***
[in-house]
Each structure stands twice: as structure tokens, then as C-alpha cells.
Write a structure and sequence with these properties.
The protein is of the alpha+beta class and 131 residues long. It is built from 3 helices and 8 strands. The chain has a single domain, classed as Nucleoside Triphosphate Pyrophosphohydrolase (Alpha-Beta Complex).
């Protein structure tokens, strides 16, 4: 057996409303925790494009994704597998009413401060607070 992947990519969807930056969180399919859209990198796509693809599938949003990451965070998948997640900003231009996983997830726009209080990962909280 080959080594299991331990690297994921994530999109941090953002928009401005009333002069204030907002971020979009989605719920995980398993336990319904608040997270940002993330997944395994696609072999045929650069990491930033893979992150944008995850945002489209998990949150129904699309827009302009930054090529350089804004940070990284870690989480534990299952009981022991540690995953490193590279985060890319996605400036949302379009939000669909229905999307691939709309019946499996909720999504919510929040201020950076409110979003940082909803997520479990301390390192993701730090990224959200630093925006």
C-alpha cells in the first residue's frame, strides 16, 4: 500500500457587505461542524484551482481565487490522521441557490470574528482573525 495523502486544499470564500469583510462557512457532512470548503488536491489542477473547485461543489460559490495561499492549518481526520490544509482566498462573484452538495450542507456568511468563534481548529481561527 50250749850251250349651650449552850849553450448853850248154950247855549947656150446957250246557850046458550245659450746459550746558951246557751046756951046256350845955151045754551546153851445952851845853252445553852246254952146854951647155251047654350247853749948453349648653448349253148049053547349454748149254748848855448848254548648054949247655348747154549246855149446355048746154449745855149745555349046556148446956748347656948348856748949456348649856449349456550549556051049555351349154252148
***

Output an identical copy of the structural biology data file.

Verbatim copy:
[in-house]
Each structure stands twice: as structure tokens, then as C-alpha cells.
Write a structure and sequence with these properties.
The protein is of the alpha+beta class and 131 residues long. It is built from 3 helices and 8 strands. The chain has a single domain, classed as Nucleoside Triphosphate Pyrophosphohydrolase (Alpha-Beta Complex).
């Protein structure tokens, strides 16, 4: 057996409303925790494009994704597998009413401060607070 992947990519969807930056969180399919859209990198796509693809599938949003990451965070998948997640900003231009996983997830726009209080990962909280 080959080594299991331990690297994921994530999109941090953002928009401005009333002069204030907002971020979009989605719920995980398993336990319904608040997270940002993330997944395994696609072999045929650069990491930033893979992150944008995850945002489209998990949150129904699309827009302009930054090529350089804004940070990284870690989480534990299952009981022991540690995953490193590279985060890319996605400036949302379009939000669909229905999307691939709309019946499996909720999504919510929040201020950076409110979003940082909803997520479990301390390192993701730090990224959200630093925006």
C-alpha cells in the first residue's frame, strides 16, 4: 500500500457587505461542524484551482481565487490522521441557490470574528482573525 495523502486544499470564500469583510462557512457532512470548503488536491489542477473547485461543489460559490495561499492549518481526520490544509482566498462573484452538495450542507456568511468563534481548529481561527 50250749850251250349651650449552850849553450448853850248154950247855549947656150446957250246557850046458550245659450746459550746558951246557751046756951046256350845955151045754551546153851445952851845853252445553852246254952146854951647155251047654350247853749948453349648653448349253148049053547349454748149254748848855448848254548648054949247655348747154549246855149446355048746154449745855149745555349046556148446956748347656948348856748949456348649856449349456550549556051049555351349154252148